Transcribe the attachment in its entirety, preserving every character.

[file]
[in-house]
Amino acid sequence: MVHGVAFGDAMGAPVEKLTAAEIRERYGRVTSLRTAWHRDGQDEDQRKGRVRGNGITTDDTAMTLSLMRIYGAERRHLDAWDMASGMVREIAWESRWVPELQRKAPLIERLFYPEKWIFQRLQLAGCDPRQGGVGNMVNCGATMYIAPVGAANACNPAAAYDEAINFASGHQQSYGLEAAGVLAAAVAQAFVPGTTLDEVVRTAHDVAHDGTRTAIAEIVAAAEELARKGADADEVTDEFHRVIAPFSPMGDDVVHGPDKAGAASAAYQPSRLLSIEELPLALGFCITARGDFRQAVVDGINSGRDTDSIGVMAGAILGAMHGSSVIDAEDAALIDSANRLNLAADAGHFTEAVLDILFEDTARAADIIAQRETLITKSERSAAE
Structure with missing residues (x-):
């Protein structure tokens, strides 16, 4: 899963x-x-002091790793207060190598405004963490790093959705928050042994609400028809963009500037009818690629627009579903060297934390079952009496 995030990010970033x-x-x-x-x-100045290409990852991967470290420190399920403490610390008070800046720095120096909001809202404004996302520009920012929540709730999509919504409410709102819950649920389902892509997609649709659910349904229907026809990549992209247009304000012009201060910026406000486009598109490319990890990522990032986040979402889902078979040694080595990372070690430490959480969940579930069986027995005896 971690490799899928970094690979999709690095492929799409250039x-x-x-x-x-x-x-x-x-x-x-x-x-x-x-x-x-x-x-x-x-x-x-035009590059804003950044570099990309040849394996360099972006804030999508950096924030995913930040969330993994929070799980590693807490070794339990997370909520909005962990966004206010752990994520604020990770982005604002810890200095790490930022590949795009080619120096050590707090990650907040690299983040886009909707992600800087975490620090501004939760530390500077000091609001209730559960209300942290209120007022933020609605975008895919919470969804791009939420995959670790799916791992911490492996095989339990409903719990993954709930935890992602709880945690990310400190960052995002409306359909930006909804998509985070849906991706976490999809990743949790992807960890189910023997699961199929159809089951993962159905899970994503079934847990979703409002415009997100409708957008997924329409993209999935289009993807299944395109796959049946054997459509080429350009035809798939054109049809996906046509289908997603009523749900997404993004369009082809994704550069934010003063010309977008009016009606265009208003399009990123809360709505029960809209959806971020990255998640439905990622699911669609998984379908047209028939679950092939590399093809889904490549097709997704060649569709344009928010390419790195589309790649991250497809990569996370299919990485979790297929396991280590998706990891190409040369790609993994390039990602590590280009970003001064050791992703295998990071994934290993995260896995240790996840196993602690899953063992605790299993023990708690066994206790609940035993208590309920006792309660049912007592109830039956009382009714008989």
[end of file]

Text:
[in-house]
Amino acid sequence: MVHGVAFGDAMGAPVEKLTAAEIRERYGRVTSLRTAWHRDGQDEDQRKGRVRGNGITTDDTAMTLSLMRIYGAERRHLDAWDMASGMVREIAWESRWVPELQRKAPLIERLFYPEKWIFQRLQLAGCDPRQGGVGNMVNCGATMYIAPVGAANACNPAAAYDEAINFASGHQQSYGLEAAGVLAAAVAQAFVPGTTLDEVVRTAHDVAHDGTRTAIAEIVAAAEELARKGADADEVTDEFHRVIAPFSPMGDDVVHGPDKAGAASAAYQPSRLLSIEELPLALGFCITARGDFRQAVVDGINSGRDTDSIGVMAGAILGAMHGSSVIDAEDAALIDSANRLNLAADAGHFTEAVLDILFEDTARAADIIAQRETLITKSERSAAE
Structure with missing residues (x-):
């Protein structure tokens, strides 16, 4: 899963x-x-002091790793207060190598405004963490790093959705928050042994609400028809963009500037009818690629627009579903060297934390079952009496 995030990010970033x-x-x-x-x-100045290409990852991967470290420190399920403490610390008070800046720095120096909001809202404004996302520009920012929540709730999509919504409410709102819950649920389902892509997609649709659910349904229907026809990549992209247009304000012009201060910026406000486009598109490319990890990522990032986040979402889902078979040694080595990372070690430490959480969940579930069986027995005896 971690490799899928970094690979999709690095492929799409250039x-x-x-x-x-x-x-x-x-x-x-x-x-x-x-x-x-x-x-x-x-x-x-035009590059804003950044570099990309040849394996360099972006804030999508950096924030995913930040969330993994929070799980590693807490070794339990997370909520909005962990966004206010752990994520604020990770982005604002810890200095790490930022590949795009080619120096050590707090990650907040690299983040886009909707992600800087975490620090501004939760530390500077000091609001209730559960209300942290209120007022933020609605975008895919919470969804791009939420995959670790799916791992911490492996095989339990409903719990993954709930935890992602709880945690990310400190960052995002409306359909930006909804998509985070849906991706976490999809990743949790992807960890189910023997699961199929159809089951993962159905899970994503079934847990979703409002415009997100409708957008997924329409993209999935289009993807299944395109796959049946054997459509080429350009035809798939054109049809996906046509289908997603009523749900997404993004369009082809994704550069934010003063010309977008009016009606265009208003399009990123809360709505029960809209959806971020990255998640439905990622699911669609998984379908047209028939679950092939590399093809889904490549097709997704060649569709344009928010390419790195589309790649991250497809990569996370299919990485979790297929396991280590998706990891190409040369790609993994390039990602590590280009970003001064050791992703295998990071994934290993995260896995240790996840196993602690899953063992605790299993023990708690066994206790609940035993208590309920006792309660049912007592109830039956009382009714008989």